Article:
Towards the top of the track the rocky outcrops become bigger and more impressive. It’s as though a giant with a bag of rocks decided to sprinkle them over the top of the mountain like confetti and see where they randomly landed. Geology buff or not, they’re a magnificent sight.
Passing through a grassy plateau just below the summit I earmarked this as the spot I’d come back to make camp. From this point the landscape changes to that delightful shrubby alpine vegetation which looks like it belongs in the front yard of a garden-proud granny than the top of a mountain.
A short distance later you reach the summit trig. I was lucky enough to have a crystal clear, blue sky day without a breath of wind, and could see as far as my little eyeballs would let me. The Frankland Range is right below you and there are 360° views of lakes and peaks and untouched wilderness.
Mount Sprent might be on the shorter side of Tassie mountain peaks, but in that moment, I definitely felt like I was on top of the world!
A Night on Mount Sprent
I set up camp just below the summit and ate dinner as the last rays of sun sunk slowly below the peaks to the west. Tucking myself into my tent soon after, I rugged up ready for a chilly night with a temperature of -4°.
Being such a clear night, tiny icicles of frost had already begun to form on the ground and sparkled on the outside of my tent.
The next morning I woke to a pink glow peaking in below the fly of my tent. I pulled up the zipper to reveal a rosy sunrise and discovered I was sitting above a cloud inversion, a completely magical way to start the day!
Packing up my tent I began the descent into a thick layer of cloud, back towards the car. The views of the previous day were gone as I walked carefully down an icy track through heavy cloud, making for a completely different experience than the ascent, but just as pretty.
As I reached the car and drove away with Sprent growing smaller in my rearview mirror, I knew this would be a little mountain that I would be talking about for quite some time to come.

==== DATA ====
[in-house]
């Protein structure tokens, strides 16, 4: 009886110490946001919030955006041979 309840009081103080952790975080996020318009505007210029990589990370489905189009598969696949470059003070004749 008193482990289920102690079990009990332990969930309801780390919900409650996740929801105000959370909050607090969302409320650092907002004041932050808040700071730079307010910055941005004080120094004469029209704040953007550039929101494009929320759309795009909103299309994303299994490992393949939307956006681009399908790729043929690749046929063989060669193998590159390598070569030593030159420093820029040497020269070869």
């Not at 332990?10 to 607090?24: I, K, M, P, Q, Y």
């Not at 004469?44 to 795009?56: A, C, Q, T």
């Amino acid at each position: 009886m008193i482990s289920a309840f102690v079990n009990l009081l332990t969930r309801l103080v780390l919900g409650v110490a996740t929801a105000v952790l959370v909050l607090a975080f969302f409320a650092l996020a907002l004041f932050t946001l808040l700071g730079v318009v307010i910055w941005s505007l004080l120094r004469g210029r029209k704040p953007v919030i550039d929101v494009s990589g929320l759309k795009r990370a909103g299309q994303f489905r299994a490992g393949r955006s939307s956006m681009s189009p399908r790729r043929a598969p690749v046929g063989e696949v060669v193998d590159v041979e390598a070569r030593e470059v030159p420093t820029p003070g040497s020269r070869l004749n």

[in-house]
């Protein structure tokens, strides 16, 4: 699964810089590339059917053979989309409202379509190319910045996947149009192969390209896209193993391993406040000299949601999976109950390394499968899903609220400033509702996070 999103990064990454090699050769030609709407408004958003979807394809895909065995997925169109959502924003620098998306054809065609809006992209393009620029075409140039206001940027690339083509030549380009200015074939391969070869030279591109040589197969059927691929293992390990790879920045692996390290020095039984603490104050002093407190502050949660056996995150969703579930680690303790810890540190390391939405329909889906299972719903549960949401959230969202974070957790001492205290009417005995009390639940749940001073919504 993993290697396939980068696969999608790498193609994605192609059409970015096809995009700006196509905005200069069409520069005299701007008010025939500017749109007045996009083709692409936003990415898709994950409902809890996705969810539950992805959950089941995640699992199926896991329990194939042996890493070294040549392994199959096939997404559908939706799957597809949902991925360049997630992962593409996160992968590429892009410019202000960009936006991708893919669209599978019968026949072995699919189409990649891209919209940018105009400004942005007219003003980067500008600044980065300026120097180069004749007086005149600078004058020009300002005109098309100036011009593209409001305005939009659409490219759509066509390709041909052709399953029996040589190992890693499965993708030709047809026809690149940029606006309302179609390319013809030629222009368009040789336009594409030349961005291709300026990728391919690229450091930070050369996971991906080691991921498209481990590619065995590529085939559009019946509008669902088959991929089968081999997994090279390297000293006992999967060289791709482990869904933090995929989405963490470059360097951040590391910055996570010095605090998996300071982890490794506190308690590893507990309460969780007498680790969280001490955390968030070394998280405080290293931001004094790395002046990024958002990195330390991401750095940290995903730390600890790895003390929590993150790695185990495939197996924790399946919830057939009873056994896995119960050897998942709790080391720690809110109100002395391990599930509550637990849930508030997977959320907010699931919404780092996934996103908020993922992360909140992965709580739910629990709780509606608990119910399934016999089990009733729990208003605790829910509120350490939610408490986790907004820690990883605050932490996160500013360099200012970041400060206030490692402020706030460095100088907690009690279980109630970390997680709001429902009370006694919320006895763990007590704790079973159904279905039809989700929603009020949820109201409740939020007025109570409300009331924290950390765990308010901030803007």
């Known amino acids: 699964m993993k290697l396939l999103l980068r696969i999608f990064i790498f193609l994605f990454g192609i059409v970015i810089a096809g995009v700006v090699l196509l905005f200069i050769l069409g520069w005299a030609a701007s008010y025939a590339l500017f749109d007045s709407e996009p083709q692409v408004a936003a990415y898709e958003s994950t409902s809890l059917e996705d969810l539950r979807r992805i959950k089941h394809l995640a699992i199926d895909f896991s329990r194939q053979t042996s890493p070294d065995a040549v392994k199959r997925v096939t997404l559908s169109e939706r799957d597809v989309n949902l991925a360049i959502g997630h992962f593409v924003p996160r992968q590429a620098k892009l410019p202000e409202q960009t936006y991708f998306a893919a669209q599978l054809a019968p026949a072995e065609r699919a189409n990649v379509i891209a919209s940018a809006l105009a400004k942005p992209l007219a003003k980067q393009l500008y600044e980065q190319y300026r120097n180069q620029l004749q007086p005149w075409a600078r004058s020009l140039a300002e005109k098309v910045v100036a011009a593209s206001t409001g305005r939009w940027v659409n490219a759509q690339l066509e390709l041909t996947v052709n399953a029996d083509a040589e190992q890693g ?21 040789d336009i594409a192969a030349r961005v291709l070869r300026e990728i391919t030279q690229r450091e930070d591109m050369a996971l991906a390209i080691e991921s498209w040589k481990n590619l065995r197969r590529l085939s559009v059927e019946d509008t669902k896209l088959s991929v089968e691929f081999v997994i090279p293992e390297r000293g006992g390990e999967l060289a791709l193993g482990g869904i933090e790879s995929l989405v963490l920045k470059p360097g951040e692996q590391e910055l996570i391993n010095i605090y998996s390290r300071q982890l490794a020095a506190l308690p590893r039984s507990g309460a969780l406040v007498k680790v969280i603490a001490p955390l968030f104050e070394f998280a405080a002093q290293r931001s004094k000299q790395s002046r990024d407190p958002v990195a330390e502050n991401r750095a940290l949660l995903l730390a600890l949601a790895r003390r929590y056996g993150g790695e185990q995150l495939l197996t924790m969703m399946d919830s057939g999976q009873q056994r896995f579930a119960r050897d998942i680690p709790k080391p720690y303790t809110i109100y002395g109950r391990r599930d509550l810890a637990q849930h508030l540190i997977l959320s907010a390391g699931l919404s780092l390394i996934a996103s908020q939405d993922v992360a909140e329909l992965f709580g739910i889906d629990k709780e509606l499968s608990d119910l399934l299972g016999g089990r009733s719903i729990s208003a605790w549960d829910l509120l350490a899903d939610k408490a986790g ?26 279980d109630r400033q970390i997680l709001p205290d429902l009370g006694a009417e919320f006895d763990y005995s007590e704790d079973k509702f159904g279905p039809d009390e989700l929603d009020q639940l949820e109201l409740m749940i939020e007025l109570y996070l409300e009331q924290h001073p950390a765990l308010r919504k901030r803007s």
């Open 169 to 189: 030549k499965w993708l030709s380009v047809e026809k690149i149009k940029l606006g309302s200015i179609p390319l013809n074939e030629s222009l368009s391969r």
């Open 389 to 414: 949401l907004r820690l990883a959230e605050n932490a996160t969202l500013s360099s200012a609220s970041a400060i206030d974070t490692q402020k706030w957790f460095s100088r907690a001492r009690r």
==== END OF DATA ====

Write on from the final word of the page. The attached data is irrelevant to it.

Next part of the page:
- Appropriate clothing (this is an area known for extreme and changeable weather, be prepared for sun one minute and blizzard the next)
- Camp stove (no campfire area)
How To Get There
The trailhead car park is located at Serpentine Dam, 170km north west of Hobart. From Hobart head north on the Brooker Highway towards Granton. At the roundabout before the Bridgewater Bridge take the first exit to continue on the Lyell Highway towards New Norfolk.
From New Norfolk follow the signage to Mount Field National Park, overshooting the entry to Mount Field and continuing for a further 100km on Gordon River Road to Strathgordon. About 10km past Strathgordon make the left onto a gravel road (signposted Serpentine Dam), and follow this to the end where you’ll find the car park.
- Hiking – can be done as a 6-7 hour return day walk or overnighter
- Rock scrambling!
- Peak identification – whip out a map at the top and see how many iconic peaks you can spot!
This is how the hike is rated by Parks and Wildlife as it’s in a ‘severe hazard area’ due to unprotected cliffs and extreme and changeable weather. The track itself is faint in some areas and requires traversing through mud and over some boulders.
Distance Covered / Elevation Gained / Time Taken
6km / 790m / 2 days